I've been meaning to pick up one of Oxford American's annual music issue's for a few years now but had never gotten around to it. So when I recently had a half hour to kill before meeting family to enjoy (or at least my nieces reaction to having) lunch at The American Girl Place (which began with mini-cinnamon buns and ended with chocolate mousse, a sugar cookie and a heart shaped piece of frosted white cake) I ran to the bookstore to buy a copy. Really glad I did, too. Not only is the accompanying CD stellar, but the articles I've read so far have all been beautifully written. Highly autobiographical, historically rich with context, each author dives deep into their subject and comes up with great surprises.
Roy Blount, Jr.'s contribution, American Yawp: Doddley dew de dowm woodle-y dee d'doodle ya day eedel-y doo do, takes a look at the yodel. The biggest surprise of the piece was this:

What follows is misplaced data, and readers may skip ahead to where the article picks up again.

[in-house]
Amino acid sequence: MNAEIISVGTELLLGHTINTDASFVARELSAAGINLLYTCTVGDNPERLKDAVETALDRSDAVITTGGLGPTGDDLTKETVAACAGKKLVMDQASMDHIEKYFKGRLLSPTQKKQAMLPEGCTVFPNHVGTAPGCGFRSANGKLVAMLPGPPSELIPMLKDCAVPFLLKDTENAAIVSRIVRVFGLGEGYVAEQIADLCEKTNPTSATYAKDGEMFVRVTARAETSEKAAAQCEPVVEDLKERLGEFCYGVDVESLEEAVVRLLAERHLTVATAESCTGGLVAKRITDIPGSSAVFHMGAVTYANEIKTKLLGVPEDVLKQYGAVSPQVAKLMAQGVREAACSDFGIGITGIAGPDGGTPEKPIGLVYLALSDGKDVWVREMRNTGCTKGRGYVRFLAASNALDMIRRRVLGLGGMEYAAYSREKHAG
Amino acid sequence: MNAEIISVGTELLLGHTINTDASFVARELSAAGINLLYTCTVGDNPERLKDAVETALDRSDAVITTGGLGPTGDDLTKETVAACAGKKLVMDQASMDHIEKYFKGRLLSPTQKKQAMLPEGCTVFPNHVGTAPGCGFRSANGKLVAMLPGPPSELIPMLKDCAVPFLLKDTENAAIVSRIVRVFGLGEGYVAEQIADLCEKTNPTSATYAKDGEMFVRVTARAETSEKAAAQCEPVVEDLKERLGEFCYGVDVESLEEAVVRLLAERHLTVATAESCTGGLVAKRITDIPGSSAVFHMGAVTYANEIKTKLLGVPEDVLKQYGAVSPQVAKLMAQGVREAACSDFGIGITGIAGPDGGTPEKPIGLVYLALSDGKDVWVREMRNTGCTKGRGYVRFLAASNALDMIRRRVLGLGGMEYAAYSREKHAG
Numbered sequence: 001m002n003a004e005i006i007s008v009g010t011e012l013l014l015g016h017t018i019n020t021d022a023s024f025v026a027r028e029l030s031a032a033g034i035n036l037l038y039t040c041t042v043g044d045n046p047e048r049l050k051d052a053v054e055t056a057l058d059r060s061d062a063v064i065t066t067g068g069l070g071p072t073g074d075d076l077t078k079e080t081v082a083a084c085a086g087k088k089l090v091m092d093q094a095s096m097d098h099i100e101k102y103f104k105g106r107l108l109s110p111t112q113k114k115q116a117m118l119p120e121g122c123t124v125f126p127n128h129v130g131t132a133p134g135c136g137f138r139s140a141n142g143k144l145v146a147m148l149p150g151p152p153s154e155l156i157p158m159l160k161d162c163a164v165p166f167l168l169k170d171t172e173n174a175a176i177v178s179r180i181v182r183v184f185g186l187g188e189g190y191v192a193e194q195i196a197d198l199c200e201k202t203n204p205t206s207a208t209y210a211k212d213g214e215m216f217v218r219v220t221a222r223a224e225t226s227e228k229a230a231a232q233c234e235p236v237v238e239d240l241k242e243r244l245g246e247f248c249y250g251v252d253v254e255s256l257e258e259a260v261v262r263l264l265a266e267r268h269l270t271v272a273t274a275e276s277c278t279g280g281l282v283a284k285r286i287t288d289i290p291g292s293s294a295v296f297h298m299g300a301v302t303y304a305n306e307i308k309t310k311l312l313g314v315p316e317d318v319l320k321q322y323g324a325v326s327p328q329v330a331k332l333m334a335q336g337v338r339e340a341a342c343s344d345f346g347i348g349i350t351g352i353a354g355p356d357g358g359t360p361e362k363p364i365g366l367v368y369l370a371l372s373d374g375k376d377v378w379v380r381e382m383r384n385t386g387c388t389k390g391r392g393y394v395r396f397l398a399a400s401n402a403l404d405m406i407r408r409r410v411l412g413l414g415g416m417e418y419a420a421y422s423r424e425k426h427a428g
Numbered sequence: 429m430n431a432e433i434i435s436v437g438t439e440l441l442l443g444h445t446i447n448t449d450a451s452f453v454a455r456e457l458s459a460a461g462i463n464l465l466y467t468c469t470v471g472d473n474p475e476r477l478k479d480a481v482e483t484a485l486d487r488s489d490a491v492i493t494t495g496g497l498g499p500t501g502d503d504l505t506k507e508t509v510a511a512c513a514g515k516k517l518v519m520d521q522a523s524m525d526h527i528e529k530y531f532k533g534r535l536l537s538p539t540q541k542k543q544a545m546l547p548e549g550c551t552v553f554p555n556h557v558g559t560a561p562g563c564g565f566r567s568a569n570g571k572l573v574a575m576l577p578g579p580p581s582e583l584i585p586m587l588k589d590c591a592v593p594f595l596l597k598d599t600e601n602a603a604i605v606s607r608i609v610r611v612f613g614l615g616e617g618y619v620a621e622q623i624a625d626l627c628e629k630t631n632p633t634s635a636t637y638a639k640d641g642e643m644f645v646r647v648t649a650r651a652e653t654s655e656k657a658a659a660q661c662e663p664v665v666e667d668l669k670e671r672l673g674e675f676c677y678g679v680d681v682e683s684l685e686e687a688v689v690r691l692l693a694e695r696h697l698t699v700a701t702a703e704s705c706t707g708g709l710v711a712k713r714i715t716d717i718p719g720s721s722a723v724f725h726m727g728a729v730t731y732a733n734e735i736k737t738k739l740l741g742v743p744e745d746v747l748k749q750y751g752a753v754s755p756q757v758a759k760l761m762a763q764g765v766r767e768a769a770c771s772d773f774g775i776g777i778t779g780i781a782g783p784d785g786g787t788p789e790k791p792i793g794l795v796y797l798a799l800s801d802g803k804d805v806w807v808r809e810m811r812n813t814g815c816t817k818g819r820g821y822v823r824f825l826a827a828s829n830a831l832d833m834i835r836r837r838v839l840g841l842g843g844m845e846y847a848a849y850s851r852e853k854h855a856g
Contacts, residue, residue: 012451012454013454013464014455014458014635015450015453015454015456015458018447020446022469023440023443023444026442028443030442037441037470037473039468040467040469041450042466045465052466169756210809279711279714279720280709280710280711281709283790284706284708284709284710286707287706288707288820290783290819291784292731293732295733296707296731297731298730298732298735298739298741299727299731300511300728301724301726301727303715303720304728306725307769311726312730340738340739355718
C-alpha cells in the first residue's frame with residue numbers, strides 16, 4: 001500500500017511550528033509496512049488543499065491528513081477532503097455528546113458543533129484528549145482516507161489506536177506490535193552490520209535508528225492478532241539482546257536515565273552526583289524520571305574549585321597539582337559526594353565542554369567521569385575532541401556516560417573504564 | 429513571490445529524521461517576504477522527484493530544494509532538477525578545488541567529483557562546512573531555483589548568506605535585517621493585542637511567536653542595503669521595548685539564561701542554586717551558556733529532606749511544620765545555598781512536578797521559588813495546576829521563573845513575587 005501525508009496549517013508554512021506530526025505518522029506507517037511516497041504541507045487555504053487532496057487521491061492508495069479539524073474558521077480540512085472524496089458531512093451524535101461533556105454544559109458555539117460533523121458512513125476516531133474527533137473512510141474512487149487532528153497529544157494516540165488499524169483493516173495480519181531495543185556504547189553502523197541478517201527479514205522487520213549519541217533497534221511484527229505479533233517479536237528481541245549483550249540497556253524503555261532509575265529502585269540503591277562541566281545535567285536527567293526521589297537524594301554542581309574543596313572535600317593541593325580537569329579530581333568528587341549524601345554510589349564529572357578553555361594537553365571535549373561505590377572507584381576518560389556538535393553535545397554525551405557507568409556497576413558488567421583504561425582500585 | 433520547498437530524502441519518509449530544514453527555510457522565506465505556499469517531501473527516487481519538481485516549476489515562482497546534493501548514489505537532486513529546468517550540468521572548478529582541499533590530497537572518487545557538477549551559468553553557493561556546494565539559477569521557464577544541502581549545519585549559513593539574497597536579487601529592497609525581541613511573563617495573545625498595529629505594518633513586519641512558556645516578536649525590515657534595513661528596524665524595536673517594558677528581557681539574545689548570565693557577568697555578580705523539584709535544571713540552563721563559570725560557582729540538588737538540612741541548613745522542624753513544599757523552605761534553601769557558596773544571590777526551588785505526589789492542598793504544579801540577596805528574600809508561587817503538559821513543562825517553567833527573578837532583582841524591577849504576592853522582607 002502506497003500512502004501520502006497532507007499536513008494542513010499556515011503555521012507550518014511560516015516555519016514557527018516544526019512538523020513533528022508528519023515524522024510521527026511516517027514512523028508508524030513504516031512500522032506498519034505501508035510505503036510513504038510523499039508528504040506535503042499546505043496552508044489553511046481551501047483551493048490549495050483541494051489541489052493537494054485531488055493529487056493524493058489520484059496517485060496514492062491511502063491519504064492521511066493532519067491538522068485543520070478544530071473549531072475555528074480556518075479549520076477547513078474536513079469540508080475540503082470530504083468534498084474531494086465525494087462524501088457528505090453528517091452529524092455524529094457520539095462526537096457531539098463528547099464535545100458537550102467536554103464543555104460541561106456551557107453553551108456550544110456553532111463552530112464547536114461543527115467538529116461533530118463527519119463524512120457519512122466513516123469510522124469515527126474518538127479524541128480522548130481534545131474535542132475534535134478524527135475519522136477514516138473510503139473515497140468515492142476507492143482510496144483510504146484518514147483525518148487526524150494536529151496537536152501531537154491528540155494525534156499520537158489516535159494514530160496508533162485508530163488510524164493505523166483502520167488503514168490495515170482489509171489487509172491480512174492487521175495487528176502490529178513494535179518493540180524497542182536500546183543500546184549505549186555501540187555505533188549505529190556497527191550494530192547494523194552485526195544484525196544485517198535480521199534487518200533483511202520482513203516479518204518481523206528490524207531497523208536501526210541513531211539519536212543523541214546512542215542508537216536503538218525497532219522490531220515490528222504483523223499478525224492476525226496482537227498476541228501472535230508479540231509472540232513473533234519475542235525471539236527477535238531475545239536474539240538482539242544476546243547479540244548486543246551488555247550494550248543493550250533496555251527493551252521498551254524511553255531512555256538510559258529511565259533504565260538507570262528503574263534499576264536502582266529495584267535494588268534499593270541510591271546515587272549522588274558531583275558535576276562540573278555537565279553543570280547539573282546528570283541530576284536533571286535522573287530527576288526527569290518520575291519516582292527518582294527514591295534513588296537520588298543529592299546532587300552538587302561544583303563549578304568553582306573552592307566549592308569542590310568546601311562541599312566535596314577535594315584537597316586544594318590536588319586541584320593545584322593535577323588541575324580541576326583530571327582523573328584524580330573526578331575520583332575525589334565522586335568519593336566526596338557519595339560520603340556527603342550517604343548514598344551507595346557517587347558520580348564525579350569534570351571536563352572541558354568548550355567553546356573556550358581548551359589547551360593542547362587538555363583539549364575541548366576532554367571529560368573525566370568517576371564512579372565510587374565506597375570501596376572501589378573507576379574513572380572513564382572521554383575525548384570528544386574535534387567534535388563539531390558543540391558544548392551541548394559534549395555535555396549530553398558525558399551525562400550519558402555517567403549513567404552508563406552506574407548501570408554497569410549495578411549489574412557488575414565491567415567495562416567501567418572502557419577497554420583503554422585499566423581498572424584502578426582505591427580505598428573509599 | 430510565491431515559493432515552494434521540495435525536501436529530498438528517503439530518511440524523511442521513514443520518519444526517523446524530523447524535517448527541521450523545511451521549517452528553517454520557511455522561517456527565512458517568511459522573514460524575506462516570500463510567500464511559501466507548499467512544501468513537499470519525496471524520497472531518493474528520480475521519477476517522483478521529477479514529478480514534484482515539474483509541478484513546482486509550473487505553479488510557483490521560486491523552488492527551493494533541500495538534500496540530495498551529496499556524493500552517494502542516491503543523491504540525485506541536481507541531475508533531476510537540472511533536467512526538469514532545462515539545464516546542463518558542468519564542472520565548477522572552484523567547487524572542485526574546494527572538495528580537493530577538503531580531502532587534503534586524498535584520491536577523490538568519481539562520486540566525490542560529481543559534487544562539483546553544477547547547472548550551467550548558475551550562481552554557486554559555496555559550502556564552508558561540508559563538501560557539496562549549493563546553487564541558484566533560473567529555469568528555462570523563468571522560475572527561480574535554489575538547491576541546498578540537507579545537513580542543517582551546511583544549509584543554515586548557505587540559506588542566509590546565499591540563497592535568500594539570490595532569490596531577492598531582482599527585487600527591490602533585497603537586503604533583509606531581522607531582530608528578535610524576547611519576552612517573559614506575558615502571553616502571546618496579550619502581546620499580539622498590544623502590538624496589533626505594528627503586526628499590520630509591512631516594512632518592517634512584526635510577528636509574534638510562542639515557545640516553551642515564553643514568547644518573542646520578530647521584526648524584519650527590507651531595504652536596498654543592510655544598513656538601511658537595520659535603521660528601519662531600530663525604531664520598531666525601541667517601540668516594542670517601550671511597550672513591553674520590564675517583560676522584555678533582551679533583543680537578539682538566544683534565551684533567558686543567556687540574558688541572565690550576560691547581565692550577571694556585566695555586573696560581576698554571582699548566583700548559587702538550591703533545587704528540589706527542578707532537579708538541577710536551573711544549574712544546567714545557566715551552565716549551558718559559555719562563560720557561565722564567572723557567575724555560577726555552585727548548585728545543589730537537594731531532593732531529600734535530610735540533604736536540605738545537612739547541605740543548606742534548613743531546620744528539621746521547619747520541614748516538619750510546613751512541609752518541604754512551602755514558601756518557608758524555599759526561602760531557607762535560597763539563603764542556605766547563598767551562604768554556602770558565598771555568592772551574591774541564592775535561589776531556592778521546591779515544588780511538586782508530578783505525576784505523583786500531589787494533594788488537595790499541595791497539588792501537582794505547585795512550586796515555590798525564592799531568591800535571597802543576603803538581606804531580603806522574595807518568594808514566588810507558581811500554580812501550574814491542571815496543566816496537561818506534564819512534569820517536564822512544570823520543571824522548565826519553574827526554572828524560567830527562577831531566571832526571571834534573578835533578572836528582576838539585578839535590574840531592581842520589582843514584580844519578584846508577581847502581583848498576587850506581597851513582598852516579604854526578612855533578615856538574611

The version of "Blue Yodel No. 9" that you should hear, of course, is Jimmie's 1930 recording of it, on which Satchmo plays coronet. The first yodel almost almost seems to throw Armstrong--he tosses in a couple of faint, embroiderish tootles. He's quickly back in stride, laying down his own fine stuff and letting the yodel be. But the last note he plays, which is the last note on the record--I may be imagining this, but isn't there a winking little yodelish break in that note?
I don't think there's any existing footage of that session, but you can watch Armstrong perform it on this clip from the Johnny Cash show:
For a genre not exactly known for its racial breadth, it's easy to forget how much early country and honky tonk were attuned to what was happening in the worlds of blues and jazz.
I love Johnny Cash, but he sure can't yodel.